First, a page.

Wright v. Alexandria Div. of Social Services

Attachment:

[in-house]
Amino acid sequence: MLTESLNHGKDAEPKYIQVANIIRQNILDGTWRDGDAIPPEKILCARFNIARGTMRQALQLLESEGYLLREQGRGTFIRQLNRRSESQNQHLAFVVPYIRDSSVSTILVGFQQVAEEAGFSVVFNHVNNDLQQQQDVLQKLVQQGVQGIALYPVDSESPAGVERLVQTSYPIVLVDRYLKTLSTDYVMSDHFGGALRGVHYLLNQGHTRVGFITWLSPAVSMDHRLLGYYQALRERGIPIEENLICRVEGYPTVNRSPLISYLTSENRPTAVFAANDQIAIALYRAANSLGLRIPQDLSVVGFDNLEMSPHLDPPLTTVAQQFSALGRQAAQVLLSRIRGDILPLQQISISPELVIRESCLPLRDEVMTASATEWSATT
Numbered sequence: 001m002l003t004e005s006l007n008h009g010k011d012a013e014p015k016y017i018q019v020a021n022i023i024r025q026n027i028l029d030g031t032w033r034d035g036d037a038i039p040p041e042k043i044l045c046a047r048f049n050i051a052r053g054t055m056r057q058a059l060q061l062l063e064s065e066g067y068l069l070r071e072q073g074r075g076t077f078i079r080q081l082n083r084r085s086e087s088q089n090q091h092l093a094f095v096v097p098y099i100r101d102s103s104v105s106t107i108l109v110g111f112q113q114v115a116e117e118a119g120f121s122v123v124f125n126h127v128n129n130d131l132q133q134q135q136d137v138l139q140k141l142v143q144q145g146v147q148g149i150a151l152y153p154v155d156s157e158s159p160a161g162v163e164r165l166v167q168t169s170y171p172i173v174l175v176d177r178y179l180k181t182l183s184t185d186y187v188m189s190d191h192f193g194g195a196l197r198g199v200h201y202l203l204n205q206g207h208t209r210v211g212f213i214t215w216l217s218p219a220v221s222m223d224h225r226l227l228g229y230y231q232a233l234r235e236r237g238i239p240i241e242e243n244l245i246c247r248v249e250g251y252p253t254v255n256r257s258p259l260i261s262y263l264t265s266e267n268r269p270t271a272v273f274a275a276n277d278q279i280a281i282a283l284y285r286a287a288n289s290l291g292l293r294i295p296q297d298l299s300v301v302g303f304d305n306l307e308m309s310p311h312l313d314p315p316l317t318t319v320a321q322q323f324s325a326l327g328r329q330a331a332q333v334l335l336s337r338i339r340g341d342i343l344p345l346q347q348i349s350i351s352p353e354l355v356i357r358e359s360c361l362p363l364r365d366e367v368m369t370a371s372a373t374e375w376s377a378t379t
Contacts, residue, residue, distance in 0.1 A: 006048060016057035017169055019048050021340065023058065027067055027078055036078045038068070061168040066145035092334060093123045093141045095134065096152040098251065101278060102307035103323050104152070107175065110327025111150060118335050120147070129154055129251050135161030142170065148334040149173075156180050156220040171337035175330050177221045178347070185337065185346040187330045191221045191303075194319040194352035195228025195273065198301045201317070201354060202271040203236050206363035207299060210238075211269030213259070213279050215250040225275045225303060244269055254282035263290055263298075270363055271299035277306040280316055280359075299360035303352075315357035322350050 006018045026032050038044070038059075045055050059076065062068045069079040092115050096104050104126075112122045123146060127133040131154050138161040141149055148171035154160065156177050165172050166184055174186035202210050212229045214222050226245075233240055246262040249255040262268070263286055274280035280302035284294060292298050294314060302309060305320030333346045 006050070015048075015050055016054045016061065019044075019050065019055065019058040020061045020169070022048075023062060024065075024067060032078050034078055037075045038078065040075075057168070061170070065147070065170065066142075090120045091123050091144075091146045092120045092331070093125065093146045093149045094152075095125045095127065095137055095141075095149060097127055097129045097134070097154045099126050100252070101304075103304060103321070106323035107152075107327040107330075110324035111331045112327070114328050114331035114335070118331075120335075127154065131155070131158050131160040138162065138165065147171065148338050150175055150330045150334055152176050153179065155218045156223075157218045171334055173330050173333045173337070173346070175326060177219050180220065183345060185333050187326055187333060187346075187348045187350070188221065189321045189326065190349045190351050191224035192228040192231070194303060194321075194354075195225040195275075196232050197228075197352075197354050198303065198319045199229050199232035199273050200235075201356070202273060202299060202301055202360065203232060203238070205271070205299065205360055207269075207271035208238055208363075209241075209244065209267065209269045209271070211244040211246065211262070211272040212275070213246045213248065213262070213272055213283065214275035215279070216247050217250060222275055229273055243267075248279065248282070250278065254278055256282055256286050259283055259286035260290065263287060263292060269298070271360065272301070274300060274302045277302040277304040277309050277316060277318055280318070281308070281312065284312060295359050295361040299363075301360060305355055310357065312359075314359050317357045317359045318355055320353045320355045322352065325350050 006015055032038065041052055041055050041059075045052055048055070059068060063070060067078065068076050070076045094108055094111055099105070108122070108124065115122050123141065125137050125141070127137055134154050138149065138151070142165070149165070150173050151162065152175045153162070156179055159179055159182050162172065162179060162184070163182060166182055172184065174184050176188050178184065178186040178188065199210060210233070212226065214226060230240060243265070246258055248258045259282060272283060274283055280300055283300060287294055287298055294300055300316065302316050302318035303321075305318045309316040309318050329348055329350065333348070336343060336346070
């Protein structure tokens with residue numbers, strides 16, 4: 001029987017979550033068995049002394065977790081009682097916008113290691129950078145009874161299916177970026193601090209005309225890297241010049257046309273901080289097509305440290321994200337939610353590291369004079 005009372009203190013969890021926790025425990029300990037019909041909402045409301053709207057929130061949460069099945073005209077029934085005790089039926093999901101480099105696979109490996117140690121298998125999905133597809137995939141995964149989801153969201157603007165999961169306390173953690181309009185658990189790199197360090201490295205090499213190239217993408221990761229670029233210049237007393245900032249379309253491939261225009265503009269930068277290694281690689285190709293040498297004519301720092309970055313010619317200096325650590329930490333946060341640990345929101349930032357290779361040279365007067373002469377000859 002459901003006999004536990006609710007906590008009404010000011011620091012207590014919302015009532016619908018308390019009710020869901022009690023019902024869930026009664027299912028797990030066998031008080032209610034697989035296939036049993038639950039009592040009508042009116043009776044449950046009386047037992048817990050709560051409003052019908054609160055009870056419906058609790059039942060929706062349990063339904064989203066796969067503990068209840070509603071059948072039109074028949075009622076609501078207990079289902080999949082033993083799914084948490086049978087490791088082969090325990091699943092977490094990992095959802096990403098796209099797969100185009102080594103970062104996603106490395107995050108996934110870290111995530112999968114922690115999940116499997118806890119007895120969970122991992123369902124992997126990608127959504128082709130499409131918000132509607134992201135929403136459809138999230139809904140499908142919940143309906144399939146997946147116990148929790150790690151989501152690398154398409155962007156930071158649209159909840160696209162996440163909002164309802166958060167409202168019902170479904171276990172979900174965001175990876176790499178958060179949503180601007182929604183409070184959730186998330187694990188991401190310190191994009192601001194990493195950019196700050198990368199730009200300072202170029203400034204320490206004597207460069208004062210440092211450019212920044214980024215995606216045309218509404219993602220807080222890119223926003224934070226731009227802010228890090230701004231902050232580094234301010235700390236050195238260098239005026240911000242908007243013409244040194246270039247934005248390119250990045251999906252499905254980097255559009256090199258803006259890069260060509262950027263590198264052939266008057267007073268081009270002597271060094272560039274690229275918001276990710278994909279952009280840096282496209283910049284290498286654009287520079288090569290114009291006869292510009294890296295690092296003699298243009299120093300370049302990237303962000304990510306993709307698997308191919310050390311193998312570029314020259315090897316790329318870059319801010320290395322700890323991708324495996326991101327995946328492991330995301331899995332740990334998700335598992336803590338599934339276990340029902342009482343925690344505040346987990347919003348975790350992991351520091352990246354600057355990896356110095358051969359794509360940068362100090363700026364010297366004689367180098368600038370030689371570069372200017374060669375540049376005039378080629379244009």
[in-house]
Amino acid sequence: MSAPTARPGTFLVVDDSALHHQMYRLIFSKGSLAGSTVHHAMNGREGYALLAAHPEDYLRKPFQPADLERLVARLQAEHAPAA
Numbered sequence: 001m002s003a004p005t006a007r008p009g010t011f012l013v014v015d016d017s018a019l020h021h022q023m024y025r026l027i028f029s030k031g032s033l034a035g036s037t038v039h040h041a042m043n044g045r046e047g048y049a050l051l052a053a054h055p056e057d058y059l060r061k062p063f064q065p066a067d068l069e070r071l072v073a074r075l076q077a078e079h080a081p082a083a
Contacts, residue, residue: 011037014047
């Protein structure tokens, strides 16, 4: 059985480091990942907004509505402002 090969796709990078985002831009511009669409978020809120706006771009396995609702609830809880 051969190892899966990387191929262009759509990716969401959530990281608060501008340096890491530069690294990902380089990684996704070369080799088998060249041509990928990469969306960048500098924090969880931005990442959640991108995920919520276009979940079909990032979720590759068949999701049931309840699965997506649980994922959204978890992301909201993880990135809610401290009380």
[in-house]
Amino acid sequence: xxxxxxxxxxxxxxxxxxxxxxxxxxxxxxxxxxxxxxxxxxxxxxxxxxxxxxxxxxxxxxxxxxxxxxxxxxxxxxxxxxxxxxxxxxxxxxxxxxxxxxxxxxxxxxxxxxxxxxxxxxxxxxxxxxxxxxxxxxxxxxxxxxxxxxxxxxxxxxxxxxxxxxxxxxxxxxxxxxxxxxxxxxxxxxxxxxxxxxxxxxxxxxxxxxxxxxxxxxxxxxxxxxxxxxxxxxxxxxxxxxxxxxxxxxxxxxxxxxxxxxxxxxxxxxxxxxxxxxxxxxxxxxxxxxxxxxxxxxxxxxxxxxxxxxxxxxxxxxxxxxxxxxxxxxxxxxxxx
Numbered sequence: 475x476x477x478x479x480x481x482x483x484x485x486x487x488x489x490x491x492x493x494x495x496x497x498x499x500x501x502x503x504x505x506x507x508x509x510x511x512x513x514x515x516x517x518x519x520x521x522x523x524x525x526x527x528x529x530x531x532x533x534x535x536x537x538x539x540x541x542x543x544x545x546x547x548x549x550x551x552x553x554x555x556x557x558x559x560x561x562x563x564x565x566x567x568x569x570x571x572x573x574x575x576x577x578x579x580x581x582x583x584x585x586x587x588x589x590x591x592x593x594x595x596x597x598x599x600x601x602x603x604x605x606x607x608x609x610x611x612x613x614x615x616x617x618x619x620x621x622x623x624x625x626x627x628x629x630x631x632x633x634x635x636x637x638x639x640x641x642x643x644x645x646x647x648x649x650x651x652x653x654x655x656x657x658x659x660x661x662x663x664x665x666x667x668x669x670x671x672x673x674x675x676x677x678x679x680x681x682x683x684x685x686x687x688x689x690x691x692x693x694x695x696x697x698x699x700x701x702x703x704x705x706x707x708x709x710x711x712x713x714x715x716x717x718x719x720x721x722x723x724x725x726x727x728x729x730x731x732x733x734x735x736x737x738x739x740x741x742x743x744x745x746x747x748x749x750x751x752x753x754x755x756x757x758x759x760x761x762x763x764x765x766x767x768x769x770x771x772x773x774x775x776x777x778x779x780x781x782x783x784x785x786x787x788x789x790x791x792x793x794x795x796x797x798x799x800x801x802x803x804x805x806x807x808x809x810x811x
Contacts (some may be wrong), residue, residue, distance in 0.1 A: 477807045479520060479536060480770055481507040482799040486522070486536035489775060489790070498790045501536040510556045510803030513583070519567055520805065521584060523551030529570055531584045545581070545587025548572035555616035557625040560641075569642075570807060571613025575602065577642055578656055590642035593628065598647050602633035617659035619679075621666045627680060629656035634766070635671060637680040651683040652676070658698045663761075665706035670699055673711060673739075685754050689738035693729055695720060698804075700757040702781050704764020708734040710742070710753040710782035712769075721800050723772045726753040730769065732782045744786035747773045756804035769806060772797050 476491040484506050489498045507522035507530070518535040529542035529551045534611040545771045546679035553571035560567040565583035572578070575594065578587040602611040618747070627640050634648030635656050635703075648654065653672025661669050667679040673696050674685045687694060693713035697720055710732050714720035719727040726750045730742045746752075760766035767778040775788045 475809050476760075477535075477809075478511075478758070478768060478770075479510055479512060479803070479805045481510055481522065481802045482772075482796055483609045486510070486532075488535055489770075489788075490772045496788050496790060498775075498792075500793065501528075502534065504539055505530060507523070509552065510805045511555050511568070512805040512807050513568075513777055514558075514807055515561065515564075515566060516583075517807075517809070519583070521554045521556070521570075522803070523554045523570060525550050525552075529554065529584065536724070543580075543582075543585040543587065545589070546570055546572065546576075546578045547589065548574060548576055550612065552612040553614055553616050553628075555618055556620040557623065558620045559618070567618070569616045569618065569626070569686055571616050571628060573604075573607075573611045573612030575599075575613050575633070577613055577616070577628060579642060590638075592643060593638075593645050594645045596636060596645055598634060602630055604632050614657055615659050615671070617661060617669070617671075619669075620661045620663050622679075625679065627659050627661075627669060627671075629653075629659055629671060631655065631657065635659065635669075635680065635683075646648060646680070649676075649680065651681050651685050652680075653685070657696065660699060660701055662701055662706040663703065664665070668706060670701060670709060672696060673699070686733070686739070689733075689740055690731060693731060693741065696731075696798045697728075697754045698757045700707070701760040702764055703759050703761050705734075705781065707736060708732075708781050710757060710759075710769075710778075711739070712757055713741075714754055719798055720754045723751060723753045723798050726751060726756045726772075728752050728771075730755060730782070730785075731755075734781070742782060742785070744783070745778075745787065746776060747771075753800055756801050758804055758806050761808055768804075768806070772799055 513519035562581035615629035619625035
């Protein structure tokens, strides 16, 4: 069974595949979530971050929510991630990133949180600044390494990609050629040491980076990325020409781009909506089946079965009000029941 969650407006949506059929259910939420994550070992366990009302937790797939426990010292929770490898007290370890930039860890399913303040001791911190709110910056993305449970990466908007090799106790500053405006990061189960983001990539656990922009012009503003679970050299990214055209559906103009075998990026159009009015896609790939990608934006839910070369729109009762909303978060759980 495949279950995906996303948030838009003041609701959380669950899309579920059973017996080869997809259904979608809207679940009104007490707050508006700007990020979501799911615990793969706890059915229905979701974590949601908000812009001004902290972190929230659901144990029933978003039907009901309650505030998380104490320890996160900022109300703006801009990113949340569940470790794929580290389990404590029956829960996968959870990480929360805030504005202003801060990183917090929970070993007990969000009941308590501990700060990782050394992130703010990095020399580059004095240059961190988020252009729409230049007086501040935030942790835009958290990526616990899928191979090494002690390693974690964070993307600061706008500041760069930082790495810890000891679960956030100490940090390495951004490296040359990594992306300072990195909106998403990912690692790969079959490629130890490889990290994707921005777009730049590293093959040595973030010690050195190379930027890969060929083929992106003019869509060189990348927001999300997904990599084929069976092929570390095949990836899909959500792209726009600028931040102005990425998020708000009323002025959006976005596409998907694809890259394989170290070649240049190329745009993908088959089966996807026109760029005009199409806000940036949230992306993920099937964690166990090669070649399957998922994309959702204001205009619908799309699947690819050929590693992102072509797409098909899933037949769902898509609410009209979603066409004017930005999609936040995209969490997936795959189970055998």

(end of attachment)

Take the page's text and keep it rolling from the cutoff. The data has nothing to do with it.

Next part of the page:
In Wright v. Alexandria Div. of Social Services, 16 Va. App. 821, 433 S.E.2d 500 (1993), the Court held that a child has standing to raise the issue of whether her mother's constitutional rights were violated in a termination of parental rights case. The Court wrote: A party has standing in a case if he or she "alleges such a personal stake in the outcome of the controversy as to assure that concrete adverseness which sharpens the presentation of issues upon which the court so largely depends for illumination of difficult constitutional questions." Duke Power Co. v. Carolina Env. Study Group, 438 U.S. 59, 72, 98 S. Ct. 2620, 2630, 57 L. Ed. 2d 595 (1978) (quoted in Cupp v. Board of Supervisors, 227 Va. 580, 589, 318 S.E.2d 407, 411 (1984)). In cases involving parental rights, the rights of the child coexist and are intertwined with those of the parent. The legal disposition of the parent's rights with respect to the child necessarily affects and alters the rights of the child with respect to his or her parent. Boronica Wright has a "personal stake in the outcome" of the proceeding to terminate her mother's parental rights and, therefore, has standing to challenge the propriety of the trial judge's decision to terminate those rights. Id. at 825, 433 S.E.2d at 502-03.